The Parish Maps section of the archive has taken several weeks to catalogue because I wanted it to be as accessible as possible. In addition, I was keen to remove the abundance of plastic sleeves in which many of the papers had been kept by the organisation (now replaced with acid-free paper) – a time-consuming but worthwhile task! The files in the archive that were in unsuitable packaging have been placed into folders and boxes. Some files have retained their original housings of ring binders and box files, providing interesting insight into the charity’s approach to recordkeeping.

Parish Maps boxes and files in the Common Ground archive

Common Ground organised their files of collected material relating to the creation of peoples’ parish maps by region. To enable these files to be as searchable as possible, I was keen to identify the names of the places in which parish maps had been made and include these in the file descriptions on the catalogue. Not only will this hopefully allow you to quickly find information on particular parish maps, but it will also enable you to compare and contrast the numbers of parish maps made in different regions of the UK. For example, based on the material collected by Common Ground alone, Devon stands out as the region in which the most parish maps were created! (See the file description below)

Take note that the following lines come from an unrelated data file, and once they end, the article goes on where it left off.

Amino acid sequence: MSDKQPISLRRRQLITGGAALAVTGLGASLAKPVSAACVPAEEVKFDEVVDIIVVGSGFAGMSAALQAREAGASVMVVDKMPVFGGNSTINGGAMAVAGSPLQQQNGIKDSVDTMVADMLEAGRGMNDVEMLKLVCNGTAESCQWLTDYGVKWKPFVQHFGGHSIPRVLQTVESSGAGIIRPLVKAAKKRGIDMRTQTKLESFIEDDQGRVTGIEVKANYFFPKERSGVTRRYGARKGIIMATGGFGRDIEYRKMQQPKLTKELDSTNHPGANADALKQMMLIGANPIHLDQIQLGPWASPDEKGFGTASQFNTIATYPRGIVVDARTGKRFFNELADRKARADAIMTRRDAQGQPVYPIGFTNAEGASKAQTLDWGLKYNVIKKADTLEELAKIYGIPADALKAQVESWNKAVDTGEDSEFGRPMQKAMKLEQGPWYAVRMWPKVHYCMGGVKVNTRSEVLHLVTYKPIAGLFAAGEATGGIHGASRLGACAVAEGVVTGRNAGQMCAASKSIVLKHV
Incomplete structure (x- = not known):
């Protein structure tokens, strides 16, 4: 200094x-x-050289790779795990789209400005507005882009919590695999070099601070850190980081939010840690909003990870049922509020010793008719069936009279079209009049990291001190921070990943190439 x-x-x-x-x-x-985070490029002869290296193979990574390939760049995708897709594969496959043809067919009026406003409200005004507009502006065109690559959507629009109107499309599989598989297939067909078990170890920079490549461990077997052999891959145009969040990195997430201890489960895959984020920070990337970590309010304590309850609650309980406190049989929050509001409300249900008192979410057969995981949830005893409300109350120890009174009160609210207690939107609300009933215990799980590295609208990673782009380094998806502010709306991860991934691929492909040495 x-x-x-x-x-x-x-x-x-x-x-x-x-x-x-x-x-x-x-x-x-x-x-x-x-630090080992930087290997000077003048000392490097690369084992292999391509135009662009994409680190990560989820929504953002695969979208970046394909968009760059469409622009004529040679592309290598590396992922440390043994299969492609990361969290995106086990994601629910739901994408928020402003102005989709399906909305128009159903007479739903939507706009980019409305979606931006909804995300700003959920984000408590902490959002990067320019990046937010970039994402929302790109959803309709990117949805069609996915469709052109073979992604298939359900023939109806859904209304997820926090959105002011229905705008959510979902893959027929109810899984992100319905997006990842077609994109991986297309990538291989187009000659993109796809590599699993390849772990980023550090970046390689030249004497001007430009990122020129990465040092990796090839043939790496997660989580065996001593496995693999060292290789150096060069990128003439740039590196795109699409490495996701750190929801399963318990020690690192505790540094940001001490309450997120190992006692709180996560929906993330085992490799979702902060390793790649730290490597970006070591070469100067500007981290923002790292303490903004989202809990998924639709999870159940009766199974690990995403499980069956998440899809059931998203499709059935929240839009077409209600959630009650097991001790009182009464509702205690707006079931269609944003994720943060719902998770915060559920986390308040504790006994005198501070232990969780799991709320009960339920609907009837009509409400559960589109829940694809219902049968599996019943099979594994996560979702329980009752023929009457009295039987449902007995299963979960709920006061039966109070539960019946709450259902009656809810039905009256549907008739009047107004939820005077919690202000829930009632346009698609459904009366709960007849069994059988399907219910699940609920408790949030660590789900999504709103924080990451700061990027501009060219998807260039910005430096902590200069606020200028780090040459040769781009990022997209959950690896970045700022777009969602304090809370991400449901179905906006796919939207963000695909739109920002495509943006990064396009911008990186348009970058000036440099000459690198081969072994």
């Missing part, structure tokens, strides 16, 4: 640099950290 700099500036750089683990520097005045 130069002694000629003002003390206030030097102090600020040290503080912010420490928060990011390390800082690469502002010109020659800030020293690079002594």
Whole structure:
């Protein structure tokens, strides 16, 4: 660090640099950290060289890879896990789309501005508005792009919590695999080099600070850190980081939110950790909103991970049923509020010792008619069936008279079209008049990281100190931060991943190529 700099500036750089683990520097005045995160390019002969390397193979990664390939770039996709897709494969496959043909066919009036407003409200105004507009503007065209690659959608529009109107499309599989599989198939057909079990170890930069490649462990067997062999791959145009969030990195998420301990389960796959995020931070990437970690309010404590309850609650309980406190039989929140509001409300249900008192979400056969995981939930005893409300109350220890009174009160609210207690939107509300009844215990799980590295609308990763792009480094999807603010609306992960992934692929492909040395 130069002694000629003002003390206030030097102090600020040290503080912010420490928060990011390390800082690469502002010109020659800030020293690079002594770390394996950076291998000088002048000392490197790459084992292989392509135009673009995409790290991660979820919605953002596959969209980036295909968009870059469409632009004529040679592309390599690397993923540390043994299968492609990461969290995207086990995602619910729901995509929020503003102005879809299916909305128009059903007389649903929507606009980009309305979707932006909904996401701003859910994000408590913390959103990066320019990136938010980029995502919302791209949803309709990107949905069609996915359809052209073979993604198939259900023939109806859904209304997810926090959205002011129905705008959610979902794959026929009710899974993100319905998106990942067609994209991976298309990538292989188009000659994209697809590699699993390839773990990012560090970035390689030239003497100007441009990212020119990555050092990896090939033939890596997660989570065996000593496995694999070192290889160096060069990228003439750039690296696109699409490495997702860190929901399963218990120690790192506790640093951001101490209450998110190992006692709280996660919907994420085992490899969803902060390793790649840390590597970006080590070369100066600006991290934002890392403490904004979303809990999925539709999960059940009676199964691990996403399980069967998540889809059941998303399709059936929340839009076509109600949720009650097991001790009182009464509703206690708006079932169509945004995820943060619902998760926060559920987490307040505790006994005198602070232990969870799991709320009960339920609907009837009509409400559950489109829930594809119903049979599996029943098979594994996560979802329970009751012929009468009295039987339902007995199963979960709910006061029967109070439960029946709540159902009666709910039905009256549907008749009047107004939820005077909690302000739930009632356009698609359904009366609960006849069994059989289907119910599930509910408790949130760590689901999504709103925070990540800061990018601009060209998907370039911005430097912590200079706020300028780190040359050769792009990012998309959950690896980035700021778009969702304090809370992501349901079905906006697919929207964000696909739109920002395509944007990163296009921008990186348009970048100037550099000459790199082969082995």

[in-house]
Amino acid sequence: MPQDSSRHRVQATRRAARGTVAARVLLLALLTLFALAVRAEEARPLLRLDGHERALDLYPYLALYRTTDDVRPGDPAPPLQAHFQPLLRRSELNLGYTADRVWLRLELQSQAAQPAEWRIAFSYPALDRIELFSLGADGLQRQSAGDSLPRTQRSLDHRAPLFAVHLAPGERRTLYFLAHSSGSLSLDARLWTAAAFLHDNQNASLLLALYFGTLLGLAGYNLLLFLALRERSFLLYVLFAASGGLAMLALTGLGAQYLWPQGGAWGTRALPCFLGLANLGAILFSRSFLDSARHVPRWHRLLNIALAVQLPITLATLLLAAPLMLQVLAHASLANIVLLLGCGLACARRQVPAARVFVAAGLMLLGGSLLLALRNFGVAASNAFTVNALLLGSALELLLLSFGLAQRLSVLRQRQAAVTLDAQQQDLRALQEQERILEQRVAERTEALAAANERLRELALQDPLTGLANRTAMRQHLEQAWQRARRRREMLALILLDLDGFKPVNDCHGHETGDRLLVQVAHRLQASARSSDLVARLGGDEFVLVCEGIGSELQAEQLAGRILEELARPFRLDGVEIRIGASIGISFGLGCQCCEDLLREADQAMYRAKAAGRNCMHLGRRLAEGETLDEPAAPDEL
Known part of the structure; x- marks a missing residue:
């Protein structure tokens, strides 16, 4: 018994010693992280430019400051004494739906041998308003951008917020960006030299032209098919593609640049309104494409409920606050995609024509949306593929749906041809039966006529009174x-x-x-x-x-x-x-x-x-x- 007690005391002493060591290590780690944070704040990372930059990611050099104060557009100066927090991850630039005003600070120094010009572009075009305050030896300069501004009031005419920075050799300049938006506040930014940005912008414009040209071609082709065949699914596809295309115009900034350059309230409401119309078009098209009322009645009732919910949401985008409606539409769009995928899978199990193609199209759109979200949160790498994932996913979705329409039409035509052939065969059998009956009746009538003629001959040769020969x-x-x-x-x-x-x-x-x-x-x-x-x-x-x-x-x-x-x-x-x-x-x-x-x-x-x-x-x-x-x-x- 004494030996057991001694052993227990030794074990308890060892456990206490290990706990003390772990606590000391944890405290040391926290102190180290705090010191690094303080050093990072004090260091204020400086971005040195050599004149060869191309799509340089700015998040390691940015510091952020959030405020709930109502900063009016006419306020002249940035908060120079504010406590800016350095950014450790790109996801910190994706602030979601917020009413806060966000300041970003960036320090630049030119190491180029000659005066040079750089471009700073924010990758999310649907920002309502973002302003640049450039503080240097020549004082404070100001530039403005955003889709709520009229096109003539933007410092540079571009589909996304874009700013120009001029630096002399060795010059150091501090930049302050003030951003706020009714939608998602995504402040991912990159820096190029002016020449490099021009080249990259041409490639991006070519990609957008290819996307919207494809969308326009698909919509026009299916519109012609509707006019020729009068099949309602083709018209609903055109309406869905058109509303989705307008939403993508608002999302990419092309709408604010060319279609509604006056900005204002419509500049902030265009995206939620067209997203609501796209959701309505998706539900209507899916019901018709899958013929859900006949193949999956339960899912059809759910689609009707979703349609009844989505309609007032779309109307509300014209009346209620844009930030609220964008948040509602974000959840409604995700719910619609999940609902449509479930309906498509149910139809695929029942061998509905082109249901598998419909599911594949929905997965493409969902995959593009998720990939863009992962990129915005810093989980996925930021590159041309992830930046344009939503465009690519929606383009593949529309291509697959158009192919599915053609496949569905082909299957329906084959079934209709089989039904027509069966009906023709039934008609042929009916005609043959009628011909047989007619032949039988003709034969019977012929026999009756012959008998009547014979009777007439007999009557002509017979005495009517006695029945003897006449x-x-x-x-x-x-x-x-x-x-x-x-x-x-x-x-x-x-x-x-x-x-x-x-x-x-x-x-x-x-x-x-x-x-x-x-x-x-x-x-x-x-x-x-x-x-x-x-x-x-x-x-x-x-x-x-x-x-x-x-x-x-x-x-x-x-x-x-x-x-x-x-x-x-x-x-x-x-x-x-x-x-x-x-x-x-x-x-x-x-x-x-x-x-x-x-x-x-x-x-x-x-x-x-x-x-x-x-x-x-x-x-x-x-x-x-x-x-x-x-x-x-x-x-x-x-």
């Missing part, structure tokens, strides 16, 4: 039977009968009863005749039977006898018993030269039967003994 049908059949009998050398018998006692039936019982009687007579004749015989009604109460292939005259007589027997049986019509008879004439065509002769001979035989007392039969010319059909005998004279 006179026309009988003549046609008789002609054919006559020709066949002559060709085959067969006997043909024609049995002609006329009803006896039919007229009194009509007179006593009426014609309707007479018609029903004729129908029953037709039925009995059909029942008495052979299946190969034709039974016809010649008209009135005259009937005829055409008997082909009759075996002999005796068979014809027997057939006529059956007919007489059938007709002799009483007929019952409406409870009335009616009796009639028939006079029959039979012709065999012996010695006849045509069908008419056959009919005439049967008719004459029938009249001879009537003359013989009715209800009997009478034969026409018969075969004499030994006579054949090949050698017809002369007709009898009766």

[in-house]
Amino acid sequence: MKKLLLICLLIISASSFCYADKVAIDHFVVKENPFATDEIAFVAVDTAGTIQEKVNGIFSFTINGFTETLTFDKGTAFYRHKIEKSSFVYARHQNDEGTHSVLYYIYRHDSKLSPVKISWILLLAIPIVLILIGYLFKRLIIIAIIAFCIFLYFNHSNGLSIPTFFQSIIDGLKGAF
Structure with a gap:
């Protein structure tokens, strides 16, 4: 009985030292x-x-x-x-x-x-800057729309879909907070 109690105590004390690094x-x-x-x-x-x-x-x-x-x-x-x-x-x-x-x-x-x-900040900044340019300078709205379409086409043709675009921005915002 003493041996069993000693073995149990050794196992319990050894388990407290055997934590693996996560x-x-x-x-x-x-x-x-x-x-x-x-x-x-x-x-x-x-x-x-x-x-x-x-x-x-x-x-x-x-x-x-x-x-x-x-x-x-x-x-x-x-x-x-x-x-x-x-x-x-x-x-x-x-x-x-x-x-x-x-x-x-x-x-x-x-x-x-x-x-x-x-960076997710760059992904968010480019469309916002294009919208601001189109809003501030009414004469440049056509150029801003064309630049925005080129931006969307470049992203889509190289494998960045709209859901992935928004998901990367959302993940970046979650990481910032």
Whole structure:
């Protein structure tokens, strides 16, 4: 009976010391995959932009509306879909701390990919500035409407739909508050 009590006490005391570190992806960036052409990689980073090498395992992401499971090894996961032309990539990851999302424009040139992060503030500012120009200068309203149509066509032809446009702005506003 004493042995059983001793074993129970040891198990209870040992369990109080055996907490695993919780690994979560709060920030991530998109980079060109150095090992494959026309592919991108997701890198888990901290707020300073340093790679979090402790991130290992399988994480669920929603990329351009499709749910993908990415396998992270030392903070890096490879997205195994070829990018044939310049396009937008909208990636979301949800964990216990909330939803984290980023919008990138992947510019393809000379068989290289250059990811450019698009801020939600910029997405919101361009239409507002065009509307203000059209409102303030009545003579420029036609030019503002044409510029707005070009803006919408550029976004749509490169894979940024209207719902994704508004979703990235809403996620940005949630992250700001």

As many of the files in the Parish Maps section of the archive include recent correspondence containing personal names and addresses, some restrictions to access apply, in accordance with current data protection legislation. You can contact us at: libspc@exeter.ac.uk for more information.

The files in the Parish Maps section of the archive have been arranged into five series: files of assorted material; files relating to the making of peoples’ parish maps; files relating to exhibitions and events; publications and promotional material; photographs; and publicity material and press clippings. You can click on the image below to take you straight to the catalogue to start exploring!

I have now started cataloguing my next section of the archive: material relating to the creation of Common Ground’s encyclopedia ‘England in Particular: A celebration of the commonplace, the local, the vernacular and the distinctive’. With more than 200 files, this will be a challenge and my largest section so far to catalogue, so do pop by again soon for the next update on the cataloguing project!

By Annie Price, Project Archivist

 

Why not start your exploration of the Common Ground archive via our online archives catalogue today?

You can also find out more about the Common Ground archive cataloguing project by taking a look back at our previous blog posts.

For more information on the Parish Maps project and images of parish maps, see the Common Ground website.